Ekdahl v. Ayers

Filing 16

ORDER by Judge ARMSTRONG denying 10 Motion for Discovery; denying 10 Motion for Hearing; denying 12 Motion for Leave to File; denying 13 Motion TO TAKE JUDICIAL NOTICE; denying 14 Motion to Appoint Counsel, denying 15 Request for Judicial Notice (lrc, COURT STAFF) (Filed on 9/22/2008) Modified on 9/23/2008 (jlm, COURT STAFF).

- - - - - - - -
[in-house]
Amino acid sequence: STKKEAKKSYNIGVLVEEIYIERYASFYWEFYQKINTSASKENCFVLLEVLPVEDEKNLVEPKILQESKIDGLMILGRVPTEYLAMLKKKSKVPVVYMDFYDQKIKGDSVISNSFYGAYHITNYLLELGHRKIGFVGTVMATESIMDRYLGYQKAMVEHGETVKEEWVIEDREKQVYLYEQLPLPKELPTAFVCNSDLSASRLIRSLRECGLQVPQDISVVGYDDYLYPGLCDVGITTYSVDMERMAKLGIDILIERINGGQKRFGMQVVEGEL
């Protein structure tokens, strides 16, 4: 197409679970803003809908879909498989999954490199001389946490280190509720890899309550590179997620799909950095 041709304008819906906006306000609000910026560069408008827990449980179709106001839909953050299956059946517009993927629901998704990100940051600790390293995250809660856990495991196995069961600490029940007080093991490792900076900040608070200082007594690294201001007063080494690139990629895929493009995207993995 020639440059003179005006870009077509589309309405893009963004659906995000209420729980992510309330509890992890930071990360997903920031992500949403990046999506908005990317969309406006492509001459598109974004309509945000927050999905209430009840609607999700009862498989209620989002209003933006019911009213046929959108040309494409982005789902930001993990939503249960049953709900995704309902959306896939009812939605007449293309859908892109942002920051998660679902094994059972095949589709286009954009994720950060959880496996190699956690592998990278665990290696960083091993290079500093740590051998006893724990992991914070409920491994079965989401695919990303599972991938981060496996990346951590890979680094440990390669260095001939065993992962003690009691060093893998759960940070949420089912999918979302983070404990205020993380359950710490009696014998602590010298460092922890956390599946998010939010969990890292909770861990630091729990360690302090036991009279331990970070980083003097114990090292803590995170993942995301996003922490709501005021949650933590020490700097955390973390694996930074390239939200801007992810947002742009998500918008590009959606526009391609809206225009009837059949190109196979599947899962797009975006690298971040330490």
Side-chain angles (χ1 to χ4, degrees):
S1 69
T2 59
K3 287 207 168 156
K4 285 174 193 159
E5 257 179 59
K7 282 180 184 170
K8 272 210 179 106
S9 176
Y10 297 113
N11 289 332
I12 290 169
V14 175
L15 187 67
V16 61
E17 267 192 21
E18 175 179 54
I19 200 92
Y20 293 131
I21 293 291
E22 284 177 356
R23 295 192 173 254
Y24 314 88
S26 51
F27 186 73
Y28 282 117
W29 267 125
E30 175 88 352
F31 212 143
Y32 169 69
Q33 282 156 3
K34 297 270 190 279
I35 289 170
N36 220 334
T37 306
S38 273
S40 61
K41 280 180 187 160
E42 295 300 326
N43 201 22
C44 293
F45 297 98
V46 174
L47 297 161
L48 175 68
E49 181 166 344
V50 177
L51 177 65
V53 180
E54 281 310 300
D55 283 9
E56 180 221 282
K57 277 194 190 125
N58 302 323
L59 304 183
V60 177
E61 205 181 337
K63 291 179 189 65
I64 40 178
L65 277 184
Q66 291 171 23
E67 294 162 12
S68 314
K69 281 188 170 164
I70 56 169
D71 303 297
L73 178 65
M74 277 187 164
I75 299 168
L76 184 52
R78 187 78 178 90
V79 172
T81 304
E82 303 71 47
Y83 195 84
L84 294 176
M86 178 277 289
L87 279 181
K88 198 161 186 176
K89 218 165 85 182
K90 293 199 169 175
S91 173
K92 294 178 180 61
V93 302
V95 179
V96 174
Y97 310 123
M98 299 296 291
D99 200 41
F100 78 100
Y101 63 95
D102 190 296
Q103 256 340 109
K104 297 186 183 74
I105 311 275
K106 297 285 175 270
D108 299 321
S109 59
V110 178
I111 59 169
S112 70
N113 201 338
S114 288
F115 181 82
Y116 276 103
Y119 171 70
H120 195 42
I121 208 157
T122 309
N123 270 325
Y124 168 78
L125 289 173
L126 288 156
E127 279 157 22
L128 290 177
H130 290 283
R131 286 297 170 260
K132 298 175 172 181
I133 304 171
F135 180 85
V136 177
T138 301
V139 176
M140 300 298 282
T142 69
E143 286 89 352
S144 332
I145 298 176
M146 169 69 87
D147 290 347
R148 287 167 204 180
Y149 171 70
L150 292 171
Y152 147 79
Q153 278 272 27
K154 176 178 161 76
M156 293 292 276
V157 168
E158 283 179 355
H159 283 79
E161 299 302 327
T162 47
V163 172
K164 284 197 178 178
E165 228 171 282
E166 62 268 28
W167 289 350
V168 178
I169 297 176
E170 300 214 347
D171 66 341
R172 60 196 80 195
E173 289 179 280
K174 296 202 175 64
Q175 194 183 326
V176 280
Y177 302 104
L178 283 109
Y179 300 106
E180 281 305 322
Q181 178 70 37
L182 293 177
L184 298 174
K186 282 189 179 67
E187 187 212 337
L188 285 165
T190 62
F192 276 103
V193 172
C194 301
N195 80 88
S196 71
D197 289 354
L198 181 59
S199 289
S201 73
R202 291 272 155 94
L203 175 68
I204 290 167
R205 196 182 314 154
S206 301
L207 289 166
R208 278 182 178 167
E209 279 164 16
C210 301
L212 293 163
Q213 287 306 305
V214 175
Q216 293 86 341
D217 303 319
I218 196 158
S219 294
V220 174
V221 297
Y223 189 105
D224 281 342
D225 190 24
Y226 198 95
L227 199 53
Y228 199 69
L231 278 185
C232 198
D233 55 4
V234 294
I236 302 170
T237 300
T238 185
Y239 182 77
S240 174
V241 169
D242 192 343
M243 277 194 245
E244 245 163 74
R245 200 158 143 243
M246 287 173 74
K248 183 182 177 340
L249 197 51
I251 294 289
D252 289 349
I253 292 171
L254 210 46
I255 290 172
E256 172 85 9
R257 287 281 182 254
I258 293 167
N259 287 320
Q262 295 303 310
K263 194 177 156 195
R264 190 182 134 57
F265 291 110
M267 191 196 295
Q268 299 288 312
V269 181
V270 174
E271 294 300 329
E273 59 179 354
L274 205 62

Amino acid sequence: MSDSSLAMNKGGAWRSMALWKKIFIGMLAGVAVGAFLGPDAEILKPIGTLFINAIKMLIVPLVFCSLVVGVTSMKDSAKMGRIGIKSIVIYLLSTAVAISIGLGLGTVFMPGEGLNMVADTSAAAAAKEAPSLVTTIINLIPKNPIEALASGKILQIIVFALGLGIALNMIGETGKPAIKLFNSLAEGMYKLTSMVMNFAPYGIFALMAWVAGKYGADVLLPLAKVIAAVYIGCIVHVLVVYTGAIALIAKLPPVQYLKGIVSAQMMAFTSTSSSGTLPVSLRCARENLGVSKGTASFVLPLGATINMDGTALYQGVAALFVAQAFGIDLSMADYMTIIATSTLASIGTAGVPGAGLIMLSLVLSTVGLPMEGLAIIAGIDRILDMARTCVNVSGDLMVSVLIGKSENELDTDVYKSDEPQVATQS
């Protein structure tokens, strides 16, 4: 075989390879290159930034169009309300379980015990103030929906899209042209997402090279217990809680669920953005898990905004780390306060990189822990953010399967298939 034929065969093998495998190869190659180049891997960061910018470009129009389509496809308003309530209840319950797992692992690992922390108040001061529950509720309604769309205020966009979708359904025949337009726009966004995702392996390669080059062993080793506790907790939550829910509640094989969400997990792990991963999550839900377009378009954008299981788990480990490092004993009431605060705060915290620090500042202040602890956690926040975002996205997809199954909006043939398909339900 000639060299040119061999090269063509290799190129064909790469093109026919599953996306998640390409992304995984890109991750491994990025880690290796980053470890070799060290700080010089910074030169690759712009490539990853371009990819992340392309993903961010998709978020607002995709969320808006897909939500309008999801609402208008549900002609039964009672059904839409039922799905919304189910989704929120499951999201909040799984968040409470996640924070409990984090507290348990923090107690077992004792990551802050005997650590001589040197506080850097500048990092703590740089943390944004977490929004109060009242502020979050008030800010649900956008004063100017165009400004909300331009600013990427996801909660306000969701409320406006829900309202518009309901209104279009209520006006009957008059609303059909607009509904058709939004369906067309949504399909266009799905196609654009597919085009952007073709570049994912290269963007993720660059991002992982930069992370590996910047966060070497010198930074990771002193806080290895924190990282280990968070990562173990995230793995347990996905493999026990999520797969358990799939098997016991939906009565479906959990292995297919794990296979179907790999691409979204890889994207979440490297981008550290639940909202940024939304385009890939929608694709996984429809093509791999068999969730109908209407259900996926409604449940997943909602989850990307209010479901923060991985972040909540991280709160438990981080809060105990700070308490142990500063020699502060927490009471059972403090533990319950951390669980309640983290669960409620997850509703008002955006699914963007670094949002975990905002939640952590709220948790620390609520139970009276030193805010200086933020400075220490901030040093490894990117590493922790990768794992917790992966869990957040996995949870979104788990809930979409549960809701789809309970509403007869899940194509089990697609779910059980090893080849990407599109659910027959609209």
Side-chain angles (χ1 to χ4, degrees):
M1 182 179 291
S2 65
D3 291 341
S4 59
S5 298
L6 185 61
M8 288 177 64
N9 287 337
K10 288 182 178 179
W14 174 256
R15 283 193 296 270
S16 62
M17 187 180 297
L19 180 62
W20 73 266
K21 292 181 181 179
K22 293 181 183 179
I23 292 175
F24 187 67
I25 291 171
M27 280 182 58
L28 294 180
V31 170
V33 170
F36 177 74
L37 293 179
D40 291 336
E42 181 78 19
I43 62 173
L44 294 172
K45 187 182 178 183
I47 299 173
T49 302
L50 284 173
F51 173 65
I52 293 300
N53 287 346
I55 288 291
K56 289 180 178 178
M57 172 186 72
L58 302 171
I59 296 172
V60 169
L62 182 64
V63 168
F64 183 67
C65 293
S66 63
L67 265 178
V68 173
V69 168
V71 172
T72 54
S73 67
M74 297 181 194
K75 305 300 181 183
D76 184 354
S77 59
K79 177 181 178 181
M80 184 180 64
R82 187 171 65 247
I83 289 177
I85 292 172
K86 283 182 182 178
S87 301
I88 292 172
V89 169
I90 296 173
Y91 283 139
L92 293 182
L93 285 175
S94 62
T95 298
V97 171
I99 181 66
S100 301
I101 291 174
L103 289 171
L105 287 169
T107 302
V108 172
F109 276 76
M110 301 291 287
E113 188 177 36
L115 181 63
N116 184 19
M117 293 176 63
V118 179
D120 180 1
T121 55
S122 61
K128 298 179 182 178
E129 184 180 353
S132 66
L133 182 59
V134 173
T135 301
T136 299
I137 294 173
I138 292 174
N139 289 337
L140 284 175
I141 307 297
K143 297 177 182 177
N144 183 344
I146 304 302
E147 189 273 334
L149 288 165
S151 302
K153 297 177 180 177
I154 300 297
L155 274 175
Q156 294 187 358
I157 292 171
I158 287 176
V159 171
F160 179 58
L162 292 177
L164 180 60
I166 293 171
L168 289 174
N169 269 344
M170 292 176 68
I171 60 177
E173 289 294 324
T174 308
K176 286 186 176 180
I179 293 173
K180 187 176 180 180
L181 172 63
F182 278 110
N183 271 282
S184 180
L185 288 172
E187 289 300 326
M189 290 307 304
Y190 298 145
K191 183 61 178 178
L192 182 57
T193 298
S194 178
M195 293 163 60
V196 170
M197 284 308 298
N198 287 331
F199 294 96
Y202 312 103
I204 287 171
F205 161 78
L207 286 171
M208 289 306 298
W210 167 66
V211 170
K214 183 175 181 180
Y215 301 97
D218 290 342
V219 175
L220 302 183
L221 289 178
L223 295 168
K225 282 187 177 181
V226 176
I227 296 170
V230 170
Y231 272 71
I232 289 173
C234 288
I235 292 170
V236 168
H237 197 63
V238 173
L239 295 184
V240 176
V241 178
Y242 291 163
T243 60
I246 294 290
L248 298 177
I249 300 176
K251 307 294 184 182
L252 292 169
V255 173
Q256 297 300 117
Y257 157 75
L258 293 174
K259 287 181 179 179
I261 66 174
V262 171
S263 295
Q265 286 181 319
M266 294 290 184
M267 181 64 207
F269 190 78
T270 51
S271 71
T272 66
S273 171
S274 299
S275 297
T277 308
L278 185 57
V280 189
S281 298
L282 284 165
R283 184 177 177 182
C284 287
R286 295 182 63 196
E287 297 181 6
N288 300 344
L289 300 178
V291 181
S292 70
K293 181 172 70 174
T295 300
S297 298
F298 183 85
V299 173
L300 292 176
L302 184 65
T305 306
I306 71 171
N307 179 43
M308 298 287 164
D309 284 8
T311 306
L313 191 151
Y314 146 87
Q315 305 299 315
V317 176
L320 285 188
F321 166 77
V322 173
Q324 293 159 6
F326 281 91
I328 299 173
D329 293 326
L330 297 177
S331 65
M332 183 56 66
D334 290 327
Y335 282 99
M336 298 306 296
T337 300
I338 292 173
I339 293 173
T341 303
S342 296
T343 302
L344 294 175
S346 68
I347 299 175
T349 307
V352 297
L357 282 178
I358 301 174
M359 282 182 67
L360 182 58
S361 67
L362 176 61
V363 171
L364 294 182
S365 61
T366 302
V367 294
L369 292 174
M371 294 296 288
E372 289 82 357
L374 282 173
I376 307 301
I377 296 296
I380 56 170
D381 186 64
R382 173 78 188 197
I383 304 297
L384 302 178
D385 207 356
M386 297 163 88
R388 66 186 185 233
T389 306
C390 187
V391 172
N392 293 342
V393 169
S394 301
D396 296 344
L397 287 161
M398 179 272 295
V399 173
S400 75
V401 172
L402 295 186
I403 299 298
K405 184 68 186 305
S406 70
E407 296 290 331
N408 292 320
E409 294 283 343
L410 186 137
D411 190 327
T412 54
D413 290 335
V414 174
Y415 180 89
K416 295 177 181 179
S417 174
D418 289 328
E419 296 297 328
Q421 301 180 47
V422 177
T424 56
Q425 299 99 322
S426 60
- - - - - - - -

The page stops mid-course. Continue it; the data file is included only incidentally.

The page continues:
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1 2 3 4 5 6 7 8 9 10 United States District Court For the Northern District of California 11 12 13 14 15 16 17 18 19 20 21 22 23 24 25 26 27 28 ( I d .) (2) v. IN THE UNITED STATES DISTRICT COURT FOR THE NORTHERN DISTRICT OF CALIFORNIA EMIL JOSEPH WILHELM EKDAHL, III, Petitioner, No. C 07-3642 SBA (PR) ORDER ADDRESSING PENDING MOTIONS (Docket nos. 10, 12, 13, 14, 15) ROBERT AYERS, Warden, Respondent. / Petitioner, a state prisoner, has filed this petition for a writ of habeas corpus pursuant to 28 U.S.C. 2254 challenging the denial of parole by the California Board of Parole Hearings (Board). The Court issued an order to show cause. Respondent has filed an answer, and Petitioner has filed a traverse. Before the Court are Petitioner's "Motion for Permission to Expand the Record and to [Conduct] Discovery and to Have an Evidentiary Hearing" (docket no. 10), Motion for Appointment of Counsel (docket no. 15), and motions for judicial notice (docket nos. 10, 12, 13, 14). I. Discovery Motion and Request for Evidentiary Hearing Petitioner requests the Court "to appoint a Referee to discover documents Petitioner is unable to obtain." (Mot. for Disc. and Req. for Evid. Hr'g at 2.) The documents he requests are: (1) The California Youth Authority Parole Hearing Transcripts of co-defendant Steven Horning. At Petitioner's first parole hearing in 1991, former BPT Commissioner Albert Leddy, told Petitioner that he had sat in on Steven's CYA parole hearing and that Stephen had admitted to shooting the victim. The trial transcripts of co-defendant Mark Horning. Mark had waived time and had a trial several months later than Petitioner's conviction. Petitioner was already incarcerated in state prison when Marks trial had taken place. Petitioner is unsure of why Mr. Horning was never incarcerated for this offense. Petitioner contends in a conclusory fashion that these document are necessary "to clear up Respondent's allegations of false evidence, to discover[] the Board's 'secret theory'; and to have the 1 2 3 4 5 6 7 8 9 10 United States District Court For the Northern District of California 11 12 13 14 15 16 17 18 19 20 21 22 23 24 25 26 27 28 Board disclose evidence in regards to 2700 life prisons [sic] commitment offenses all being found to be heinous atrocious or cruel . . . [a] statistical anomaly that violates due process of law." (Id. at 1.) He also requests the Court to hold an evidentiary hearing. A habeas petitioner, unlike the usual civil litigant in federal court, is not entitled to discovery as a matter of ordinary course. See Bracy v. Gramley, 520 U.S. 899, 904 (1997). However, Rule 6(a) of the Federal Rules Governing Section 2254 Cases, 28 U.S.C. foll. 2254, provides that a "party shall be entitled to invoke the processes of discovery available under the Federal Rules of Civil Procedure if, and to the extent that, the judge in the exercise of his discretion and for good cause shown grants leave to do so, but not otherwise." Good cause for discovery under Rule 6(a) is shown "'where specific allegations before the court show reason to believe that the petitioner may, if the facts are fully developed, be able to demonstrate that he is . . . entitled to relief . . . .'" Bracy, 520 U.S. at 908-09. It appears that Petitioner is attempting to generate evidence not developed in state court proceedings. Under 28 U.S.C. 2254(e)(2), Petitioner is not entitled to an evidentiary hearing in federal court if he failed to develop the factual basis of a claim in state court unless he shows that the "factual predicate that could not have been previously discovered through the exercise of due diligence and . . . the facts underlying the claim would be sufficient to establish by clear and convincing evidence that but for constitutional error, no reasonable factfinder would have found the applicant guilty of the underlying offense." 28 U.S.C. 2254(e)(2); see also Baja v. Ducharme, 187 F.3d 1075, 1077-78 (9th Cir. 1999) (affirming the denial of an evidentiary hearing under 2254(e)(2) because petitioner made no showing as to why he failed to develop the evidence supporting his ineffective assistance of counsel case in state court). Here, Petitioner fails to show that he is entitled to an evidentiary hearing under the exceptions above. Accordingly, Petitioner's discovery motion and request for evidentiary hearing (docket no. 10) are DENIED. The denial of an evidentiary hearing is without prejudice to the Court's sua sponte reconsideration should the Court find an evidentiary hearing necessary following consideration of the merits of Petitioner's claims. 2 1 2 3 4 5 6 7 8 9 10 United States District Court For the Northern District of California 11 12 13 14 15 16 17 18 19 20 21 22 23 24 25 26 27 28 II. Motion for Appointment of Counsel The Sixth Amendment right to counsel does not apply in habeas corpus actions. See Knaubert v. Goldsmith, 791 F.2d 722, 728 (9th Cir. 1986). Title 18 U.S.C. 3006A(a)(2)(B), however, authorizes a district court to appoint counsel to represent a habeas petitioner whenever "the court determines that the interests of justice so require" and such person is financially unable to obtain representation. The decision to appoint counsel is within the discretion of the district court. See Chaney v. Lewis, 801 F.2d 1191, 1196 (9th Cir. 1986); Knaubert, 791 F.2d at 728; Bashor v. Risley, 730 F.2d 1228, 1234 (9th Cir. 1984). The courts have made appointment of counsel the exception rather than the rule by limiting it to: (1) capital cases; (2) cases that turn on substantial and complex procedural, legal or mixed legal and factual questions; (3) cases involving uneducated or mentally or physically impaired petitioners; (4) cases likely to require the assistance of experts either in framing or in trying the claims; (5) cases in which petitioner is in no position to investigate crucial facts; and (6) factually complex cases. See generally 1 J. Liebman & R. Hertz, Federal Habeas Corpus Practice and Procedure 12.3b at 383-86 (2d ed. 1994). Appointment is mandatory only when the circumstances of a particular case indicate that appointed counsel is necessary to prevent due process violations. See Chaney, 801 F.2d at 1196; Eskridge v. Rhay, 345 F.2d 778, 782 (9th Cir. 1965), cert. denied, 382 U.S. 996 (1966). As mentioned above, there is no indication that an evidentiary hearing is required under 28 U.S.C. 2254(e)(2). Thus, the interests of justice do not require appointment of counsel at this time, and Petitioner's motion for appointment of counsel (docket no. 15) is DENIED. III. Motions for Judicial Notice A. Coleman v. Board of Prison Terms Petitioner requests that the Court take judicial notice of the findings by the United States District Court for the Eastern District of California in Coleman v. Board of Prison Terms, 2004 U.S. Dist. LEXIS 29929 (E.D. Cal. Dec. 21, 2004), where "that District Court describes a no-parole policy for murderers under previous Governors of California between the years of 1992-1998." (Mot. for Disc. and Req. for Evid. Hr'g at 4.) Petitioner claims that he had parole hearings in 1995 and 1996, "during the years the no-parole policy was in effect . . . ." (Id.) 3 1 2 3 4 5 6 7 8 9 10 United States District Court For the Northern District of California 11 12 13 14 15 16 17 18 19 20 21 22 23 24 25 26 27 28 There are two ways in which this Court could construe Petitioner's request to apply the evidentiary record developed by the Eastern District in Coleman. First, the Court construes Petitioner's motion as a request for the Court to take judicial notice of the Eastern District's factual findings in Coleman and apply them to the case at hand. This request is DENIED. It is well-established that in federal court, the "[f]actual findings in one case ordinarily are not admissible for their truth in another case through judicial notice." Wyatt v. Terhune, 315 F.3d 1108, 1114 n.5 (9th Cir. 2003); accord Lasar v. Ford Motor Co., 399 F.3d 1101, 1117 n.14 (9th Cir. 2005). Second, the Court construes Petitioner's motion to request the application of the doctrine of offensive non-mutual collateral estoppel to establish that the Board decision he is challenging was affected by a "no parole" policy. This the Court cannot do. The Supreme Court has unanimously rejected the application of offensive non-mutual collateral estoppel against the government. United States v. Mendoza, 464 U.S. 154, 160 (1984). Accordingly, Petitioner's request for the Court to take judicial notice of the findings by the Eastern District in Coleman (docket no. 10) is DENIED. B. Hayward v. Marshall Petitioner requests the Court to take judicial notice of the recent opinion by the United States Ninth Circuit Court of Appeals in Hayward v. Marshall. On May 16, 2008, the Ninth Circuit granted en banc review in Hayward. See Hayward v. Marshall, 512 F.3d 536 (9th Cir. 2008), reh'g en banc granted, No. 06-55392, slip op. 5923 (9th Cir. May 16, 2008). Therefore, the panel decision in Hayward is no longer citable as precedent. Accordingly, Petitioner's motion for judicial notice (docket no. 13) is DENIED. Oral argument was heard in Hayward on June 24, 2008. Subsequently, on July 10, 2008, Ninth Circuit Chief Judge Alex Kozinski directed the parties to file supplemental briefing by July 18, 2008 in light of "the Court's decision to rehear this case en banc pursuant to Circuit Rule 35-3, and the discussion and apparent non-objection of the parties at oral argument that [the Court] should vacate and defer submission pending the California Supreme Court's decisions in In re Lawrence, No. S154018 (Cal. argued June 4, 2008), and In re Shaputis, No. S155872 (Cal. argued June 4, 2008) . . . ." (Hayward July 10, 2008 Order at 1.) On August 21, 2008, the California Supreme 4 1 2 3 4 5 6 7 8 9 10 United States District Court For the Northern District of California 11 12 13 14 15 16 17 18 19 20 21 22 23 24 25 26 27 28 Court issued decisions in In re Lawrence and In re Shaputis. Recently, the Ninth Circuit directed the appellant in Hayward to file supplemental briefing by October 8, 2008 addressing the application of these two California Supreme Court decisions to Hayward. The appellee in Hayward was directed to file a reply brief by October 29, 2008. If the Ninth Circuit's en banc opinion in Hayward is issued prior to the Court's consideration of the merits of the present petition, the Court of course will take it into consideration without necessity of a motion by Petitioner. C. Other Requests for Judicial Notice Petitioner's request that the Court take judicial notice of non-binding state court findings by the Santa Clara County Superior Court in In re Criscione (Case no. H-03204) (docket no. 10) and by the California Supreme Court's above-mentioned decision in In re Lawrence (docket no. 15) are GRANTED. Petitioner also requests to expand the record and take judicial notice of two articles to serve as "proof of an illegal no parole policy as claimed in Petitioners [sic] Traverse, and petition for writ of habeas corpus." Although a court may take judicial notice of a newspaper article, see Ritter v. Hughes Aircraft Co., 58 F.3d 454, 458-59 (9th Cir. 1995), Petitioner must meet the burden of demonstrating that the facts of the article are either "(1) generally known within the territorial jurisdiction of the trial court or (2) capable of accurate and ready determination by resort to sources whose accuracy cannot reasonably be questioned" as required under Rule 201(b) of the Federal Rules of Evidence. Petitioner cannot meet this burden because he is, in effect, requesting that the Court take judicial notice of opinions in the articles regarding the alleged "no parole policy." Accordingly, his motion for judicial notice of the two articles (docket no. 12) is DENIED because the articles and statements therein do not qualify for judicial notice under Rule 201. CONCLUSION 1. Petitioner's discovery motion and request for an evidentiary hearing (docket no. 10) are DENIED without prejudice. 2. 3. Petitioner's motion for appointment of counsel (docket no. 14) is DENIED. Petitioner's request for the Court to take judicial notice of the findings by the Eastern District in Coleman v. Board of Prison Terms (docket no. 10) is DENIED. 5 1 2 3 4 5 6 7 8 9 10 United States District Court For the Northern District of California 11 12 13 14 15 16 17 18 19 20 21 22 23 24 25 26 27 28 4. Petitioner's motion for judicial notice of the Ninth Circuit's panel decision in Hayward v. Marshall (docket no. 13) is DENIED. 5. Petitioner's motions to expand the record and take judicial notice of the non-binding findings by the Santa Clara County Superior Court in In re Criscione (docket no. 10) and by the California Supreme Court in In re Lawrence (docket no. 15) are GRANTED. 6. DENIED. 7. 8. The Court will address the merits of the petition in a separate written Order. This Order terminates Docket nos. 10, 12, 13, 14 and 15. Petitioner's motion to take judicial notice of the two articles (docket no. 12) is IT IS SO ORDERED. DATED: 9/18/08 SAUNDRA BROWN ARMSTRONG United States District Judge P:\PRO-SE\SBA\HC.07\Ekdahl3642.pendingMOTS.wpd 6 1 2 3 4 5 6 7 8 9 10 United States District Court For the Northern District of California 11 12 13 14 15 16 17 18 19 20 21 22 23 24 25 26 27 28 UNITED STATES DISTRICT COURT FOR THE NORTHERN DISTRICT OF CALIFORNIA EMIL JOSEPH WILHELM EKDAHL III, Plaintiff, v. AYERS et al, Defendant. / Case Number: CV07-03642 SBA CERTIFICATE OF SERVICE I, the undersigned, hereby certify that I am an employee in the Office of the Clerk, U.S. District Court, Northern District of California. That on September 22, 2008, I SERVED a true and correct copy(ies) of the attached, by placing said copy(ies) in a postage paid envelope addressed to the person(s) hereinafter listed, by depositing said envelope in the U.S. Mail, or by placing said copy(ies) into an inter-office delivery receptacle located in the Clerk's office. Emil J.W. Ekdahl C-79199 San Quentin State Prison 1 Main Street San Quentin, CA 94974 Dated: September 22, 2008 Richard W. Wieking, Clerk By: LISA R CLARK, Deputy Clerk P:\PRO-SE\SBA\HC.07\Ekdahl3642.pendingMOTS.wpd 7